The sister of a woman slain by a Fort Worth police officer died Monday after battling longtime health issues.
Amber Carr, 33, was surrounded by family and loved ones when she died, lawyer Lee Merritt said.
Carr attended part of the murder trial for Aaron Dean but was hospitalized last month before a Tarrant County jury convicted him of the lesser charge of manslaughter for killing Atatiana Jefferson.
Carr suffered from congestive heart failure, Merritt previously said, and was moved to a hospice facility earlier this month. She is the mother of Zion Carr, Jefferson’s nephew who witnessed the Oct. 12, 2019, fatal shooting of his aunt.
“We are asking for your continued prayers and support as her two young sons deal with her transition,” Merritt wrote on Twitter.
Carr served on the board of directors of the Atatiana Project, a nonprofit organization that provides science, technology, engineering, art and math education to kids living in underserved communities. The organization was created in honor of Jefferson, who was saving money for medical school when Dean killed her.
Carr was also involved in the We Are Her nonprofit, which connects mentors with girls and young women, and the Sisters of the Movement nonprofit that pushes for police reform.
“It is with deep sadness that we share the passing of our beloved Amber Carr,” her family wrote in a statement posted by her sister Ashley Carr on Facebook. “At this time, we respectfully request your prayers and privacy. We will provide details regarding services as soon as they become available.”
Carr struggled with coughing fits during the first week of Dean’s trial in December before she was hospitalized. She was in the hospital when the jury convicted Dean of manslaughter for killing Jefferson in her mother’s East Fort Worth home.
Carr battled health problems for years, her family has said, and she survived two major heart operations since 2016, according to her biography on the Atatiana Project website. Carr was in the hospital the night Jefferson was killed. Jefferson, 28, had been caring for Zion, then 8, while Carr was hospitalized.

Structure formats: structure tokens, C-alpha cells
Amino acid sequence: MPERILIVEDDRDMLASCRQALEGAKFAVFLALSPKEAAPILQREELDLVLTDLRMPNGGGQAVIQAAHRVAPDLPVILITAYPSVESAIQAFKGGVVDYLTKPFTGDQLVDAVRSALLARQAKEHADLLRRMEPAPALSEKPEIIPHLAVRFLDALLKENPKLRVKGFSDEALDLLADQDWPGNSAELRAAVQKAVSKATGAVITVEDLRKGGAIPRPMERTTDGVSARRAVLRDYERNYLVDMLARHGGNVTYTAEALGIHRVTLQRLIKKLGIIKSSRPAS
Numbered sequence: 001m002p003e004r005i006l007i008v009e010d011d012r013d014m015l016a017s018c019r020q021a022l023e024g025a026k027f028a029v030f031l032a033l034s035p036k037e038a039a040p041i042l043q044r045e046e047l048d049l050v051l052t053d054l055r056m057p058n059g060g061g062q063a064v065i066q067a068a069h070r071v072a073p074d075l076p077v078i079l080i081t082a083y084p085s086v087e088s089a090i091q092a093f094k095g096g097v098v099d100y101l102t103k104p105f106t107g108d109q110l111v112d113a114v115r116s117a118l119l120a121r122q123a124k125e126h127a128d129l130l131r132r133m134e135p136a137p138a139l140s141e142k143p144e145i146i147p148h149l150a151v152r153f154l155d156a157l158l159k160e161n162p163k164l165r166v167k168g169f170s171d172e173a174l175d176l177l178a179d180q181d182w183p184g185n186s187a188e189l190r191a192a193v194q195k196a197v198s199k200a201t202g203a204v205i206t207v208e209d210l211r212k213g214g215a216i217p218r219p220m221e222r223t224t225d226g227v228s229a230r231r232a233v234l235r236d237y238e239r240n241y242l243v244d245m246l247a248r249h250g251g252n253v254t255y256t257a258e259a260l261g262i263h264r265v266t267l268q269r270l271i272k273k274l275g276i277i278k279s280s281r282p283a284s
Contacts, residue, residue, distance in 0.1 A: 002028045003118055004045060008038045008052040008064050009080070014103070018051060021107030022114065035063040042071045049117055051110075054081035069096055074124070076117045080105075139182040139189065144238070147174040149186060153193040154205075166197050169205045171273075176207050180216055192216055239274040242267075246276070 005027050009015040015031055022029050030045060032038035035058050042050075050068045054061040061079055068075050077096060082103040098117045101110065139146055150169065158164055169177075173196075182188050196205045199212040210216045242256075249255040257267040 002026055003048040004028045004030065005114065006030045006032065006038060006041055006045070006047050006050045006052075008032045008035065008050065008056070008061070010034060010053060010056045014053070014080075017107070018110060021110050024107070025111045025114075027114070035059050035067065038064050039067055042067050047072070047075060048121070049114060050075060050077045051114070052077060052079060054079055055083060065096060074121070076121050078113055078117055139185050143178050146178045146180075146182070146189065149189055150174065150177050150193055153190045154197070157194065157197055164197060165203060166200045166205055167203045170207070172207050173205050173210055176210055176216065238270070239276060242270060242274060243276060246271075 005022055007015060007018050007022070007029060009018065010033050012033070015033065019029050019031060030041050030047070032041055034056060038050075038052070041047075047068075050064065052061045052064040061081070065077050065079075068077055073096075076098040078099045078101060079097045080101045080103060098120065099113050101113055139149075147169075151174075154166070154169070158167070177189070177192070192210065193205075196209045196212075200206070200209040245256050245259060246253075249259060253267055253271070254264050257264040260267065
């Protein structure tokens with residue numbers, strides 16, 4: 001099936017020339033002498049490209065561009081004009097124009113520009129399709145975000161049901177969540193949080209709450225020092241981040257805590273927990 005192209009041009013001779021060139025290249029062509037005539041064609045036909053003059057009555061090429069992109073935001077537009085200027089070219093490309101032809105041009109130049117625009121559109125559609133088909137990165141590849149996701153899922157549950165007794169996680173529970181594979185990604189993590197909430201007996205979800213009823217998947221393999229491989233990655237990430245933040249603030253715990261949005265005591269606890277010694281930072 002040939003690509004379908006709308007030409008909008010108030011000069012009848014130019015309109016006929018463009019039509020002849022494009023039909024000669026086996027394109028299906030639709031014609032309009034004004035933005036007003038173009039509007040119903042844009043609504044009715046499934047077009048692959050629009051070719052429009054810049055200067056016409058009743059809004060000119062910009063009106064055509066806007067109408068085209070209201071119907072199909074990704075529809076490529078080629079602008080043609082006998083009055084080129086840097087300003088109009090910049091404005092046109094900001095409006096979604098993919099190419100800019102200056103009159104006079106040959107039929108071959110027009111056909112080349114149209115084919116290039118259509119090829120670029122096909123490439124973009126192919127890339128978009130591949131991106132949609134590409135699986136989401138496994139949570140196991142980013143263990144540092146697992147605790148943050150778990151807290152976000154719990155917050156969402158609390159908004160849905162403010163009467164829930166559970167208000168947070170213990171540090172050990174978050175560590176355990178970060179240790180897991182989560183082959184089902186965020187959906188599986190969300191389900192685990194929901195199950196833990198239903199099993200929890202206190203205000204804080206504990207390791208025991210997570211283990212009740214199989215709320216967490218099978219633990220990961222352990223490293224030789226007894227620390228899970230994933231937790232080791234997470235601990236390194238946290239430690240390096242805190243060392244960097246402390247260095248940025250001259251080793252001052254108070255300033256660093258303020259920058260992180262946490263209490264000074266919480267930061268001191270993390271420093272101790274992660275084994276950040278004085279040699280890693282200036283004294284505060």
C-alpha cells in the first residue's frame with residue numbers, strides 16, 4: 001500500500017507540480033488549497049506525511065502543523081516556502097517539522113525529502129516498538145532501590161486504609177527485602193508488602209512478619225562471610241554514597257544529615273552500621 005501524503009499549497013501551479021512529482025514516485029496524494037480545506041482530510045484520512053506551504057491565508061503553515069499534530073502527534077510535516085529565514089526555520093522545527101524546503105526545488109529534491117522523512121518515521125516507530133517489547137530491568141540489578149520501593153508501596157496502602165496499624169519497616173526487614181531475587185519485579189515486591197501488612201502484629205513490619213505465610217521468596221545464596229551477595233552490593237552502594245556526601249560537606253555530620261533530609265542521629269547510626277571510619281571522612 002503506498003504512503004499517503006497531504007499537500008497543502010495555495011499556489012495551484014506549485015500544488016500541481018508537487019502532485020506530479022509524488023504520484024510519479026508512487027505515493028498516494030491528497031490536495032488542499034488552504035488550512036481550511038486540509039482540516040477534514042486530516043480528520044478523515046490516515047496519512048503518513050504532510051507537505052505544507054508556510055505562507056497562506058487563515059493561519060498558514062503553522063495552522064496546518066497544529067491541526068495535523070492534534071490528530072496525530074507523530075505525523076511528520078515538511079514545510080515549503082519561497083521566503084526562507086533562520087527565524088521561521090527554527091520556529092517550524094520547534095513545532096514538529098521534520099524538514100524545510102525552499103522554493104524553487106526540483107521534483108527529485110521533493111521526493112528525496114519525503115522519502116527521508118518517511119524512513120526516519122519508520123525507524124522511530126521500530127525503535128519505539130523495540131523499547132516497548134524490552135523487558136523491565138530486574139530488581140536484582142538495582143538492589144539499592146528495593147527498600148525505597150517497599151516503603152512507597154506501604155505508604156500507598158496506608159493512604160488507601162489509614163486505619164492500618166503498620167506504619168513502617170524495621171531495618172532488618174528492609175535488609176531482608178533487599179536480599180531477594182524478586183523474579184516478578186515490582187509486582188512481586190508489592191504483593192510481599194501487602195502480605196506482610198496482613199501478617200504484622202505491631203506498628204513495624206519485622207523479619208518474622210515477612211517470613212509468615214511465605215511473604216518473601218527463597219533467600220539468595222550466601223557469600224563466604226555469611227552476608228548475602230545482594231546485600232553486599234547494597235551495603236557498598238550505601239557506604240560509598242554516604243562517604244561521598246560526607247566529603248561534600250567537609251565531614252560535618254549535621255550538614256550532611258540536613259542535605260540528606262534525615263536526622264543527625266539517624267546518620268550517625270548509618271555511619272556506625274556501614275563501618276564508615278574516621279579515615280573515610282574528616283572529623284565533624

Jefferson’s and Carr’s mother, Yolanda Carr, was also in poor health and hospitalized at the time Jefferson was shot. Yolanda Carr died within three months of Jefferson’s killing.
Dean, 38, and another officer, Carol Darch, were dispatched to the house after a neighbor called a nonemergency line to report the front doors were open and the lights were on for several hours. Dean led Darch around the house to the fenced backyard with his flashlight on. The officers did not announce their presence. Dean testified he thought the house had been burglarized and he didn’t want to give away his position in case an intruder was still inside.
Zion told jurors that Jefferson heard a noise outside, got a handgun from her purse and approached the window. He said they had been playing video games and that the front doors were open because they had burned hamburgers at dinnertime.
Dean, who resigned after Jefferson’s death, testified that he saw the barrel of Jefferson’s gun pointed at him before shooting less than a second after shouting at Jefferson to show her hands. But prosecutors argued that Dean didn’t see Jefferson’s gun and violated department protocol.
Zion was 11 when he testified. Jurors sentenced Dean to 11 years, 10 months and 12 days in prison. Although the jury did not explain the sentence, Jefferson’s family found symbolism in it: They said the 11 years stood for Zion’s age when he testified. The months and days in their sentence seem to reflect the date Dean killed Jefferson.
Dean is appealing his conviction.